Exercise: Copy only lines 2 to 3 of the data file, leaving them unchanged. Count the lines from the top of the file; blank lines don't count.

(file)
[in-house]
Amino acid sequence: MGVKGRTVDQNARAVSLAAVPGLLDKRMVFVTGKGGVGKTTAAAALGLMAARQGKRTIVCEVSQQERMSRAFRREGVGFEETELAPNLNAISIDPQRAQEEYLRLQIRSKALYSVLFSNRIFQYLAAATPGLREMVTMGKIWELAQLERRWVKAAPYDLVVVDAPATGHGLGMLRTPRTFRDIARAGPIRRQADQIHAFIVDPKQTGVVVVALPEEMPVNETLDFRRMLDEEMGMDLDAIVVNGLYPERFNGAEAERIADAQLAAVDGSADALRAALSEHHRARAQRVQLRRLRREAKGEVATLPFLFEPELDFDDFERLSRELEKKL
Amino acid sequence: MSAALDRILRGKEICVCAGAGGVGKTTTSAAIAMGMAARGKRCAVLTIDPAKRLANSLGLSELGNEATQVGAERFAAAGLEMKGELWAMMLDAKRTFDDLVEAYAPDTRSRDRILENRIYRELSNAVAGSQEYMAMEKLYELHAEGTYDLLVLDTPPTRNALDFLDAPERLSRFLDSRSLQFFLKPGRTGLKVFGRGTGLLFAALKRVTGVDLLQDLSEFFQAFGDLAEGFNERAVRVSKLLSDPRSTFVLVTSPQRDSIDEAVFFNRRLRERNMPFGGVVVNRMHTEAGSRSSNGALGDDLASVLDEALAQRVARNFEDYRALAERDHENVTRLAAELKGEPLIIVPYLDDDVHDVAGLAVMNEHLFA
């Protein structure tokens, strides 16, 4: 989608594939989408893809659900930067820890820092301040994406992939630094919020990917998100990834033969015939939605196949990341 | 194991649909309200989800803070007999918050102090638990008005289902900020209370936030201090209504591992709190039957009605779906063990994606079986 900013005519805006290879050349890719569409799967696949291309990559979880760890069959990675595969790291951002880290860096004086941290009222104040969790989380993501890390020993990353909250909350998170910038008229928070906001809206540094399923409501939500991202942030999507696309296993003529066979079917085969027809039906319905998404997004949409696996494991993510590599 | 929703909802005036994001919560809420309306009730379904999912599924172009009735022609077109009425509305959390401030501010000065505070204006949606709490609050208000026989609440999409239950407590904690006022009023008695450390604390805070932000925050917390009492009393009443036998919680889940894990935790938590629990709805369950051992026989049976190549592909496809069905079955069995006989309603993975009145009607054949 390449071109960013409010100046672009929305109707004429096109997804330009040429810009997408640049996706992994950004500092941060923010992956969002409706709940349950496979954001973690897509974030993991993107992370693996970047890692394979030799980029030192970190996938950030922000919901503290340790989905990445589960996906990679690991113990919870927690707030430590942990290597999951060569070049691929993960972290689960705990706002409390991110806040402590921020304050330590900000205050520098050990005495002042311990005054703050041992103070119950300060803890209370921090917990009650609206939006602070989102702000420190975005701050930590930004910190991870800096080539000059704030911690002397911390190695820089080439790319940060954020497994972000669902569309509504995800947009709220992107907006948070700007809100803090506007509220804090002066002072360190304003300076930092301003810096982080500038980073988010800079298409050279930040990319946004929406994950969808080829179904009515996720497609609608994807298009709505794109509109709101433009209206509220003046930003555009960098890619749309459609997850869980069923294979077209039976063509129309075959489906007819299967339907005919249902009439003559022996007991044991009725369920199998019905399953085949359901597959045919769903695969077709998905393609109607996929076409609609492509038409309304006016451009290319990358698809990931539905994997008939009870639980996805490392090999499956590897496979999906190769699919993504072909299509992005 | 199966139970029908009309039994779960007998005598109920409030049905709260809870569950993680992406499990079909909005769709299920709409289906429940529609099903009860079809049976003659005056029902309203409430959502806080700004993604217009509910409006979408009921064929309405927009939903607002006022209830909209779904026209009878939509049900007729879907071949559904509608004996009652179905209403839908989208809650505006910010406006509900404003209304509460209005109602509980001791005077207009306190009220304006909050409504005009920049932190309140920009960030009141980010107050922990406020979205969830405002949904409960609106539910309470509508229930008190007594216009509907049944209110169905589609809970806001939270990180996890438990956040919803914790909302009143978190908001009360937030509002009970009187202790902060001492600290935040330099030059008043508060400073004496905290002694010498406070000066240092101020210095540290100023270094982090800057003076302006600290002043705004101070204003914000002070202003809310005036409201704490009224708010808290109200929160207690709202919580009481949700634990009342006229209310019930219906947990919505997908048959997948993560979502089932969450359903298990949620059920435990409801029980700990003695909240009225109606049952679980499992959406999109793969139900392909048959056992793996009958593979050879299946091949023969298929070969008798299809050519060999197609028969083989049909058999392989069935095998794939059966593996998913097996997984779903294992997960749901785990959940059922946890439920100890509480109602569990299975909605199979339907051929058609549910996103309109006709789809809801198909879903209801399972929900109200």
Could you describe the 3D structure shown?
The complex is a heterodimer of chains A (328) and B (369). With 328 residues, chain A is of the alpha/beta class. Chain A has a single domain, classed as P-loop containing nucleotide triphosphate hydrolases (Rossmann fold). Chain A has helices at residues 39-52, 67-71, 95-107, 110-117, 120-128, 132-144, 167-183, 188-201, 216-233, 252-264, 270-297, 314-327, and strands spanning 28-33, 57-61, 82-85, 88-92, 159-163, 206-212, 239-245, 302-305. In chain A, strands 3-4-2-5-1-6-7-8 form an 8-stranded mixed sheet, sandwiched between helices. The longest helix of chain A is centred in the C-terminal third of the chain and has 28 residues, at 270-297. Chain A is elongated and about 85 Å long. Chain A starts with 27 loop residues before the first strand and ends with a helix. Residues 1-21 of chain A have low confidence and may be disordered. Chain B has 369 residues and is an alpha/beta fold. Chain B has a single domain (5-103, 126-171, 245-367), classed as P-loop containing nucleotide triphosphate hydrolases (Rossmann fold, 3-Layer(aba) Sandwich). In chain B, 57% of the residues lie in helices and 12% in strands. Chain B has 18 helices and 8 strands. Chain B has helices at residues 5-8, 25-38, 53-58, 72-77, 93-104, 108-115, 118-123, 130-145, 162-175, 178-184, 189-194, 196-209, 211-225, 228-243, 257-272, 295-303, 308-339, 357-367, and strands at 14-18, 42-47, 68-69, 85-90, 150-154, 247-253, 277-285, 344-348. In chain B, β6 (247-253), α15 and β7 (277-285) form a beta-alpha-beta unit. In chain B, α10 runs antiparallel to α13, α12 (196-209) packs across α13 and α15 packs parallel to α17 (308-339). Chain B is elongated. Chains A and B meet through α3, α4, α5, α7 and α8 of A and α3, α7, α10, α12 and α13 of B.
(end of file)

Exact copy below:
Amino acid sequence: MGVKGRTVDQNARAVSLAAVPGLLDKRMVFVTGKGGVGKTTAAAALGLMAARQGKRTIVCEVSQQERMSRAFRREGVGFEETELAPNLNAISIDPQRAQEEYLRLQIRSKALYSVLFSNRIFQYLAAATPGLREMVTMGKIWELAQLERRWVKAAPYDLVVVDAPATGHGLGMLRTPRTFRDIARAGPIRRQADQIHAFIVDPKQTGVVVVALPEEMPVNETLDFRRMLDEEMGMDLDAIVVNGLYPERFNGAEAERIADAQLAAVDGSADALRAALSEHHRARAQRVQLRRLRREAKGEVATLPFLFEPELDFDDFERLSRELEKKL
Amino acid sequence: MSAALDRILRGKEICVCAGAGGVGKTTTSAAIAMGMAARGKRCAVLTIDPAKRLANSLGLSELGNEATQVGAERFAAAGLEMKGELWAMMLDAKRTFDDLVEAYAPDTRSRDRILENRIYRELSNAVAGSQEYMAMEKLYELHAEGTYDLLVLDTPPTRNALDFLDAPERLSRFLDSRSLQFFLKPGRTGLKVFGRGTGLLFAALKRVTGVDLLQDLSEFFQAFGDLAEGFNERAVRVSKLLSDPRSTFVLVTSPQRDSIDEAVFFNRRLRERNMPFGGVVVNRMHTEAGSRSSNGALGDDLASVLDEALAQRVARNFEDYRALAERDHENVTRLAAELKGEPLIIVPYLDDDVHDVAGLAVMNEHLFA